Posted July 17, 2015
There were hot cakes and sausages inside and a grassroots political protest outside a fast food restaurant in Halifax Wednesday morning.
A group calling itself the Nova Scotia Fair Wage Coalition drew about 15 protesters outside the Quinpool Road McDonald’s for an information picket in favour of a $15 an hour minimum wage. The current minimum wage in Nova Scotia is $10.60.
Starting at 7 a.m., the group carried signs and handed out pamphlets to drive-through customers and passersby for about 90 minutes. The coalition is made up of members of the Canadian Federation of Students, Halifax-Dartmouth and District Labour Council, the Nova Scotia Association of Community Organizations for Reform Now and Solidarity Halifax.
In an interview at the site, coalition spokesman Darryl King said they chose to protest in front of McDonald’s because it’s a big corporation that pays low wages.
“I think we deserve, and they deserve, a bigger wage,” he said.
He thinks small business owners shouldn’t worry about a wage increase, because the added earnings will be spent by those who make it.
“It’s reinvesting back into the economy with spending power. They more they spend, it’s good for small businesses.”
He was not concerned by the turnout that topped out at about 15 protesters.
“It’s summer. You get different actions, different turnouts. It’s good for today.”
King also said he wasn’t concerned that one of their protesters went into the McDonald’s and bought a breakfast sandwich and coffee.
“We’re not going to stop them from going in and getting something to eat if they’re hungry. We’re hoping that this is a start in the right direction to work towards that goal of higher wages.”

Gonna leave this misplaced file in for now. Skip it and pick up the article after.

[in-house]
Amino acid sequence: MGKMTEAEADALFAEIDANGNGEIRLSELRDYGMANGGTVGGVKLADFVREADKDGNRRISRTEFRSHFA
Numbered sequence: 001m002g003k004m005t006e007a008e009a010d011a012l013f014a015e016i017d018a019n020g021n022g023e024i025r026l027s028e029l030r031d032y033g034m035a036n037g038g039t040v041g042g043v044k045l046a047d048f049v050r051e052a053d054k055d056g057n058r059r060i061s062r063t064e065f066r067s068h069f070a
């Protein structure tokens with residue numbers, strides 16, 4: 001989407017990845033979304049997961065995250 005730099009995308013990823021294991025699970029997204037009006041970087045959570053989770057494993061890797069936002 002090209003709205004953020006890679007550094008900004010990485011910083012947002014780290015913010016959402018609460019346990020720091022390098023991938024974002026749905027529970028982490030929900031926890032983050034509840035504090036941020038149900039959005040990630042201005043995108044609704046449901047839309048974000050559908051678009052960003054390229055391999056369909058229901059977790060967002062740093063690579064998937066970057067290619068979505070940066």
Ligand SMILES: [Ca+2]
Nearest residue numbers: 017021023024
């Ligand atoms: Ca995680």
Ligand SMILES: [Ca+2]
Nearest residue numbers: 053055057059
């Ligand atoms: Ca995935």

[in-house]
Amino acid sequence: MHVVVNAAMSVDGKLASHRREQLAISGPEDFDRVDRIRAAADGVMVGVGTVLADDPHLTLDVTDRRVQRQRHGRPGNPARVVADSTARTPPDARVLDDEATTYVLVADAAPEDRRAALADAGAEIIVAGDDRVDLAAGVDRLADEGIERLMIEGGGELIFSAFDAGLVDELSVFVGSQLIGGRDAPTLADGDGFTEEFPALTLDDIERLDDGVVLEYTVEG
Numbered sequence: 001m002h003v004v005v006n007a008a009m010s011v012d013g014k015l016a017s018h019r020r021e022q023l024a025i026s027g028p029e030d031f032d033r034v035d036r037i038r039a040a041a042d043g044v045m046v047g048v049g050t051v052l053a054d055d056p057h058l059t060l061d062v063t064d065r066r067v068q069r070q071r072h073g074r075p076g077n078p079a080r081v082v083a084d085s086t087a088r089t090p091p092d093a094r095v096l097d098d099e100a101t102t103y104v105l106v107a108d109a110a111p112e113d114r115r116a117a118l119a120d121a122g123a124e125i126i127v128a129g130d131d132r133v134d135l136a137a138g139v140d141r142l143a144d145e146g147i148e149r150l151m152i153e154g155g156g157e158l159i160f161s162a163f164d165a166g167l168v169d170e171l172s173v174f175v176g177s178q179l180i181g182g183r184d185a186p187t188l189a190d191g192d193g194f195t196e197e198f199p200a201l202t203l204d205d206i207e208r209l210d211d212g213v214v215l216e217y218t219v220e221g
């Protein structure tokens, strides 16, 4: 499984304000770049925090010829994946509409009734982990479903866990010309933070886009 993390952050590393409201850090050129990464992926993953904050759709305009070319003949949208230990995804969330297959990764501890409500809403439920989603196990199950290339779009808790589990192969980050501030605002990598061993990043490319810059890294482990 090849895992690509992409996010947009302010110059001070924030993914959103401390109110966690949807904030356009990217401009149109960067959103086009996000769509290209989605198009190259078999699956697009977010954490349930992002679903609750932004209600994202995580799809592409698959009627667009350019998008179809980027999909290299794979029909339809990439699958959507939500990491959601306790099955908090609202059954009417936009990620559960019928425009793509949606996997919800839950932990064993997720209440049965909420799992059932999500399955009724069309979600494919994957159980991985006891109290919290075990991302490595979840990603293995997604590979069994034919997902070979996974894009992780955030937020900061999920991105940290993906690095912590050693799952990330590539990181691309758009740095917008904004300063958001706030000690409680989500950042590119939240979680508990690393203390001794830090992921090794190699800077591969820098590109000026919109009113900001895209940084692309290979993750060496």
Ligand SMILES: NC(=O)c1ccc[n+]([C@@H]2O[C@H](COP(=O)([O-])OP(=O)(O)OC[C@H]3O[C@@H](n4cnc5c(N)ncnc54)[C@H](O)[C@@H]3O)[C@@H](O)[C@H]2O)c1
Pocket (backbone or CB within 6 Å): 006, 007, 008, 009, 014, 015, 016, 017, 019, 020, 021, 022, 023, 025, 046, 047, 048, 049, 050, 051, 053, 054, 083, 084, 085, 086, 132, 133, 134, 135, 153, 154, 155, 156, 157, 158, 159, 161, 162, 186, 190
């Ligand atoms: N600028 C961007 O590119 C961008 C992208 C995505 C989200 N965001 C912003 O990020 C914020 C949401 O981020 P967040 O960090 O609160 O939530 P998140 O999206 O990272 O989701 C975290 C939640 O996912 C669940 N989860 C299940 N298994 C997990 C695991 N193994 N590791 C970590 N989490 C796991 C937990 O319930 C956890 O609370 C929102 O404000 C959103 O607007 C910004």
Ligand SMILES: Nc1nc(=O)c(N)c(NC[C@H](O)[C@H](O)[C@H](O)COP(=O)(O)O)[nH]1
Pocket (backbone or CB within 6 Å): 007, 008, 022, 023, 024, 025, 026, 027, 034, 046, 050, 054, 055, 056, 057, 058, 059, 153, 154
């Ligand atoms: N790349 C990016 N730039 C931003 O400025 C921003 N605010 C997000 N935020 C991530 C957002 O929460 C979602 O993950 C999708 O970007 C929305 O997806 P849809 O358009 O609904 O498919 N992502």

King is currently in a training program but previously worked at minimum wage. He said it’s very challenging to get by.
“You’ve got bills, you’ve got cable, utilities, you’ve got to put food on the table, if you’ve got pets then you’ve got to look after their budget. If they get sick, then you’ve got vet bills.”
“A higher minimum wage would alleviate some of those worries, make us feel good about ourselves. The big thing I want to get across to the people is dignity. Give us our dignity.”
Some of the pamphlets handed out by the group say 32.6 per cent of Nova Scotia’s minimum wage earners are over age 35 and almost half of them work for companies with more than 500 employees.
A statement issued by McDonald’s spokesman Jason Patuano said they respect the protesters right to voice their opinion.
“McDonald’s Canada and our franchisees are guided by what is provincially legislated,” he wrote. “In fact, entry-level wages often exceed mandatory provincial minimum wages.”
He said they also offer educational assistance and other incentive programs.
In June, a study conducted by the Canadian Centre for Policy Alternatives Nova Scotia said a full-time hourly wage of $20.10 is required for a Halifax resident to have a reasonable quality of life. That figure is based on a 35-hour week for people paying rent, taxes and feeding themselves and young children.
Article by Dan Arsenault for the Chronicle Herald